Welcome back to BRANDED, the newsletter exploring how marketers broke society (and how we can fix it).
Here’s what’s new with us:
This week’s investigation is a collaboration with Gizmodo.
UPDATE (8/4/21): OpenWeb says they’ve “terminated” 13 publisher relationships and are updating their publisher policies, following our report. Read their statement here.
Last summer, as the Facebook ad boycott was set to launch, audience engagement platform Spot.IM re-launched itself as OpenWeb.
Their timing? Impeccable. It was June 2020 and the #StopHateForProfit campaign had just begun its historic push to boycott Facebook for its role in promoting hate speech. Advertisers, faced with a public reckoning, were seriously exploring what their options might be outside the walled gardens of Facebook and Instagram.
Their messaging? Pitch perfect. Their statements read more like an activist’s manifesto than an adtech platform that has raised $73M in VC funding.
“The movement to Stop Hate for Profit is a long and serious one that starts and ends with each of us,” wrote co-founder Nadav Shoval. “We can boycott and sign petitions, and we can make changes in how we use and activate the web. But to function well as a society we need more choices on where to communicate.”
More choices, and OpenWeb wanted you to know they were it. They showed up with the deliverance that nervous marketers were searching for.
“At OpenWeb… we’re creating environments that constantly spur quality conversations—and keep them going. Helping publishers host the engaging discussions the public is starving for, right beside the stories everyone wants to talk about,” read their mission statement.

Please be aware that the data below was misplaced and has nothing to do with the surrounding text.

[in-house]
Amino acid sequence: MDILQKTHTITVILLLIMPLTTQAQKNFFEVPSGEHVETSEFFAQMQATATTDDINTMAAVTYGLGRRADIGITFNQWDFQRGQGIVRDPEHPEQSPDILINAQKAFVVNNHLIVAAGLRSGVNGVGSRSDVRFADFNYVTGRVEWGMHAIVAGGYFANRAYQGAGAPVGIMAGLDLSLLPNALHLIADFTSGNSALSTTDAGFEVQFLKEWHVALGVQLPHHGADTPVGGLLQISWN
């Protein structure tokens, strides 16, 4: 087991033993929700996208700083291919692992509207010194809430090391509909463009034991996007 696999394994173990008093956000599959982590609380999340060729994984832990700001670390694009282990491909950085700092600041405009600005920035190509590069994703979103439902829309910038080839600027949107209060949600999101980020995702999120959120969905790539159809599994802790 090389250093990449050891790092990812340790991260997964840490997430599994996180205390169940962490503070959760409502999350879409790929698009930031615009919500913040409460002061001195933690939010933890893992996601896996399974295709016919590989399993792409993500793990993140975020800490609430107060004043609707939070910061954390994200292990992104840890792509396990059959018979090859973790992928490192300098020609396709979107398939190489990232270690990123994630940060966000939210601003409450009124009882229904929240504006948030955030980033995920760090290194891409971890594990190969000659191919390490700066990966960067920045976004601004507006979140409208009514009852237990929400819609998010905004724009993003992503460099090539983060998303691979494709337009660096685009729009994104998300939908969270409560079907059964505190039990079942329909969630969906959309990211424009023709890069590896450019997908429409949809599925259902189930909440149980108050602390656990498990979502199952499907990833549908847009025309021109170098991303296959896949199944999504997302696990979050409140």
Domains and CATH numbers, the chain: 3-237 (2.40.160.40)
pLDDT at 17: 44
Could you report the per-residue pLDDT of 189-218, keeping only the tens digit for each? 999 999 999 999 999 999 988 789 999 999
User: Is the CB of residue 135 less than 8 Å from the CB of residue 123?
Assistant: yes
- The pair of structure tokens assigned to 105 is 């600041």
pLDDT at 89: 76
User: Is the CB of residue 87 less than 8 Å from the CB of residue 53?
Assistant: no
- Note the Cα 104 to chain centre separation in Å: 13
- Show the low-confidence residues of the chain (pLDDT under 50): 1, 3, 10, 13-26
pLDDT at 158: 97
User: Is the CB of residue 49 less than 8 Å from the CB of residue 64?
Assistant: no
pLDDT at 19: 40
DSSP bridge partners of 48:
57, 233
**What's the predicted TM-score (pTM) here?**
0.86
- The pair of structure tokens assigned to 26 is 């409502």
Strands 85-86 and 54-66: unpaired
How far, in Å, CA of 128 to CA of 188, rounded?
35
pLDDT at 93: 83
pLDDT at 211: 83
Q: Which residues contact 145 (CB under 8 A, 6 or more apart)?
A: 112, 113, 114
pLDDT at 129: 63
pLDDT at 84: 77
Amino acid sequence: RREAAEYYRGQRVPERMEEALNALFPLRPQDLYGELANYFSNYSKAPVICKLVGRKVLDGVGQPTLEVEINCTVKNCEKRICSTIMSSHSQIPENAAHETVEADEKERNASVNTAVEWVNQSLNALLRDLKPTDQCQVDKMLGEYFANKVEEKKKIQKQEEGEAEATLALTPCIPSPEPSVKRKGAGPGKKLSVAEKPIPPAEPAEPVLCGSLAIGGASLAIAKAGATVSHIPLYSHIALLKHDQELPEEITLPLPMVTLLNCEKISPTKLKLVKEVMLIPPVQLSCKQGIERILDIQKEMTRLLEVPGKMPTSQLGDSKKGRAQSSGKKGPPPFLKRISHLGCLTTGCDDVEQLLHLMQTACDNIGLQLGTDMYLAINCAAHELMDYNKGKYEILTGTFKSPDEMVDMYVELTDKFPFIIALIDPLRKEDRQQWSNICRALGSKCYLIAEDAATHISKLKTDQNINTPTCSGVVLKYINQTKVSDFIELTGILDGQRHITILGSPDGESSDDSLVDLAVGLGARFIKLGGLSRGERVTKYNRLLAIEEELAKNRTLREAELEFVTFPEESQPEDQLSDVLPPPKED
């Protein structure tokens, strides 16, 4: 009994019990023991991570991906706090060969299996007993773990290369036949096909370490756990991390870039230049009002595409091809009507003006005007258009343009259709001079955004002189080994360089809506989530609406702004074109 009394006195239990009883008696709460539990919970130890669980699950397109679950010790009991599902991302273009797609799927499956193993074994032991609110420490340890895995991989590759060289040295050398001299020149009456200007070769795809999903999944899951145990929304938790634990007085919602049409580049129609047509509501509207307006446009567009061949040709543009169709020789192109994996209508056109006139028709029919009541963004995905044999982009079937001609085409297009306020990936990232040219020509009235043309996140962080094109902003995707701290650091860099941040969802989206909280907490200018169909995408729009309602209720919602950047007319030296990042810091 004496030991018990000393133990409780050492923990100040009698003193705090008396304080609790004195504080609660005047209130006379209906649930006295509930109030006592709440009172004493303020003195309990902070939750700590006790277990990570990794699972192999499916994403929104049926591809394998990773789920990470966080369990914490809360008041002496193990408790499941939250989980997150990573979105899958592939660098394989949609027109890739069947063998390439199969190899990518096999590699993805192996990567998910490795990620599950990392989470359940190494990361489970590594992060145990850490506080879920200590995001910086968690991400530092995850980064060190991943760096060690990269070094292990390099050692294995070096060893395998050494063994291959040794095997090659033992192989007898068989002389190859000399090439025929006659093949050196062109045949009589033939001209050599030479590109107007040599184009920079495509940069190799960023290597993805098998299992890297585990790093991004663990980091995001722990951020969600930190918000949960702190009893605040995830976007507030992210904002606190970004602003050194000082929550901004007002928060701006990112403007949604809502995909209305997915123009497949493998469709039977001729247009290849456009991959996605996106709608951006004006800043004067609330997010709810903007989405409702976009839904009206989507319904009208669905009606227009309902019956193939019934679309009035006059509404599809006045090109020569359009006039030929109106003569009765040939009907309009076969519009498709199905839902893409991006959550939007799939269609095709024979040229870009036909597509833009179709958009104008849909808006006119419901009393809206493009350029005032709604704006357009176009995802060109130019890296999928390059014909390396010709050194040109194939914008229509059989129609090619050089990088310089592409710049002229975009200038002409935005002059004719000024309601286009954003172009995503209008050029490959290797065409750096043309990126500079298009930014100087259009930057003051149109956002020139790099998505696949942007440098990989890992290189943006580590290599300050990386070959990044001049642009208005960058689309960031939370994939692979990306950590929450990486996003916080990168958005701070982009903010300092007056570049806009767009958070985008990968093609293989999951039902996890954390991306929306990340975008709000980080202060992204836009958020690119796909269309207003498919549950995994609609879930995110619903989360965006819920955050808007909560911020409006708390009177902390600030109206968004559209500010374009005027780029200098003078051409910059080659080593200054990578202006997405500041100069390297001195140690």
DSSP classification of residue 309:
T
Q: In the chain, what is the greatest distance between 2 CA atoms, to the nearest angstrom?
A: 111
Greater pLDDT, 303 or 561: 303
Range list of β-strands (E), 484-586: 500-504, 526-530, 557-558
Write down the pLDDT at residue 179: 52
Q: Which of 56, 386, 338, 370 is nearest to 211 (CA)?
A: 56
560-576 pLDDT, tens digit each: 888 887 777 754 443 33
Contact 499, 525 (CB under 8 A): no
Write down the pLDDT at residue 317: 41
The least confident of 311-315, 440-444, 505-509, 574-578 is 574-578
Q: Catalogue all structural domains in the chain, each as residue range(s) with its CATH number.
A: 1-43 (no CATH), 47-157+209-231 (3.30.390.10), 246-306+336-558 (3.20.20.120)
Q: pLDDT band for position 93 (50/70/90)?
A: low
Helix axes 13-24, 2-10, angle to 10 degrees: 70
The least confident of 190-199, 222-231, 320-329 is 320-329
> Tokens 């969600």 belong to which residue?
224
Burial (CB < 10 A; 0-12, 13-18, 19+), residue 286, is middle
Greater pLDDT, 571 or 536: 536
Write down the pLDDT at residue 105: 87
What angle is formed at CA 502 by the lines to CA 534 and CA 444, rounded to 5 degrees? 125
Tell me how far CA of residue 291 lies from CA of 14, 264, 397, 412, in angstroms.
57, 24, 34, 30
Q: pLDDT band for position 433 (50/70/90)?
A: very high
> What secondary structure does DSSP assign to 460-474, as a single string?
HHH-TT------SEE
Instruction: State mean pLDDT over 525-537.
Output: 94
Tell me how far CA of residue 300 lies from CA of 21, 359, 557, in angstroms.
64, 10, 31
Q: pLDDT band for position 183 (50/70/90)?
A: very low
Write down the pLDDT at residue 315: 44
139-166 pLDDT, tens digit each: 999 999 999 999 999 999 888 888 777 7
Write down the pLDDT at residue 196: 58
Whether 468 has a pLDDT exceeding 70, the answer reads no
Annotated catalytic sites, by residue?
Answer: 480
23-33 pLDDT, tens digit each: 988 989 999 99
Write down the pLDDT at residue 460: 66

Big, if true. There’s just one problem… It doesn’t seem to be.
In this week’s BRANDED, we’re diving into OpenWeb’s Sellers.json, a public record of seller information, which shows that they’re working with exactly the same kind of hate and disinformation outlets that advertisers are seeking protection from.
First, what is OpenWeb? It’s a commenting system (“audience development platform”) designed to keep users commenting directly on-site rather than move those conversations on social media. And of course, they serve ads.
For publishers, having a space for comments means readers can stay longer on the site and see more ads (revenue!). For advertisers, OpenWeb promises a blissfully brand safe alternative to the unpredictable, volatile social media environments of Twitter and Facebook. (We do not have time in this post to discuss the other big part of their business model: 1st party data, which will allow them to identify and track you in the so-called “cookieless” future.)
And at the crux of all this? Premium, high-quality publishers like Refinery29, Salon, Hearst, NewsCorp and CBS. The ones that promote quality conversations not overt racism, trolling, bullying and obscenities.
OpenWeb says they have productized brand safe environments using words like:
A lot of big words there. Let’s look at how all this shakes out on the other end:
As of July 14, OpenWeb’s sellers.json reports direct seller relationships with at least a dozen universally brand-unsafe outlets like:
But what seems bad gets worse. OpenWeb’s sellers.json reveals that they have relationships with a series of “publishers” who are not publishers at all.